Back at home, I'm working on a self-drafted button back blouse. The pattern is an adapted version of the one I made for the Refashioned Lace Blouse, with a looser fit, yoke, puffed sleeves and small Peter Pan collar. You might call it a wearable muslin (sorry, toile) of a blouse I've been wanting to make for ages in a lovely chocolate brown polka dot fabric which I've been saving for the perfect project. I was hoping to have finished this blouse by now but I'm juggling so many different non-sewing projects at the moment that it's taking longer than expected. But isn't that always the way?

What's on your sewing table?

[Soundtrack: 'How to be Invisible' by Kate Bush]

13 November 2011

To Pin or Not To Pin? Your Sewing Tips Unleashed

I loved reading all the sewing tricks submitted as entries to the Pattern Cutting book giveaway. I learnt loads of new ideas - so glad I asked! I also discovered some lovely new (to me) blogs through the process, which is always a bonus. I thought I'd pull together a Top Ten Tips list from your submissions.

I should qualify the term "top" by saying that, firstly, this list is more of a random selection than an official canon or indeed even my favourites - it would be impossible to favour ten of them over any others as they all had value. Secondly, if you're a regular reader you will know that something I particularly value in sewing culture - and the sewing blogs I choose to read - is the attitude that there is no single right way of doing things. So if you don't agree with any of these tips, that's fine! In fact, it was fun to read contradictory tips in the list. "Don't pin!" "Always pin!" "Get on with it!" "Slow it down!" You get the idea.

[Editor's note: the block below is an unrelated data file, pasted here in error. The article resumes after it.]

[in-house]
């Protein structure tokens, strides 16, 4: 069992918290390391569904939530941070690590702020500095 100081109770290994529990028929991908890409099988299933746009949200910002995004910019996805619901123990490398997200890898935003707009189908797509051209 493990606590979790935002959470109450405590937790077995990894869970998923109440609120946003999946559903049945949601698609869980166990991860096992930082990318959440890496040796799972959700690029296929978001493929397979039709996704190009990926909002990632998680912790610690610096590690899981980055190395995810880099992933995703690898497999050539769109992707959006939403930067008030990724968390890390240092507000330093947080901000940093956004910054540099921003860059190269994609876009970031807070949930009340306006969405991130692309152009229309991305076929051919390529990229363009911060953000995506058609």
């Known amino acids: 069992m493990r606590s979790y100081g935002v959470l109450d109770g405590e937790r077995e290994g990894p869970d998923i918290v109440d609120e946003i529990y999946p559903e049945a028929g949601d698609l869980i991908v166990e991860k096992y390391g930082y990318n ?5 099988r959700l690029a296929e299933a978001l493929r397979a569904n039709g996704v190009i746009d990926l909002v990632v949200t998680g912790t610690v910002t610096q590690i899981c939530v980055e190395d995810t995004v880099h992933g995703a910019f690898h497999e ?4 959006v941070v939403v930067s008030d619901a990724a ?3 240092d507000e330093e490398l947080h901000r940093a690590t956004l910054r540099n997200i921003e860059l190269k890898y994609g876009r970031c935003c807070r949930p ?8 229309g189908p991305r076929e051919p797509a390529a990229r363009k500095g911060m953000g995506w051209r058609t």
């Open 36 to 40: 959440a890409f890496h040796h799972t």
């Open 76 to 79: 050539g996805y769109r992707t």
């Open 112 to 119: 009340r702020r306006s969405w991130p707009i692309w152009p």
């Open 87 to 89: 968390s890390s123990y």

Right, onto your tips:

1) "Fasten two pens or pencils together with a rubber band when you're tracing patterns from burda magazine as it instantly adds seam allowance without having to draw it in afterwards, just measure the distance between the lines and use that when you stitch the seams - most are 1.0-1.5cm." (Lazystitching)

2) "Tissue paper is a must for the sewing kit. You can lay it down when cutting slippery fabric. Or sandwich it between fabric when sewing seams on slippery or stretchy fabric. It's helped me TONS!" (Jill)

3) "Whenever you have to ease a larger piece of fabric with a smaller one [like sleeves], put the gathered larger piece on the bottom while sewing on the machine. The feed dogs will pull the bottom layer a little bit more than the upper layer, and this will help ease in the fabric." (Heather)

4) "I use washable glue to install my zippers. I get better control when positioning and then I wait for it to dry before sewing." (Carmencita B)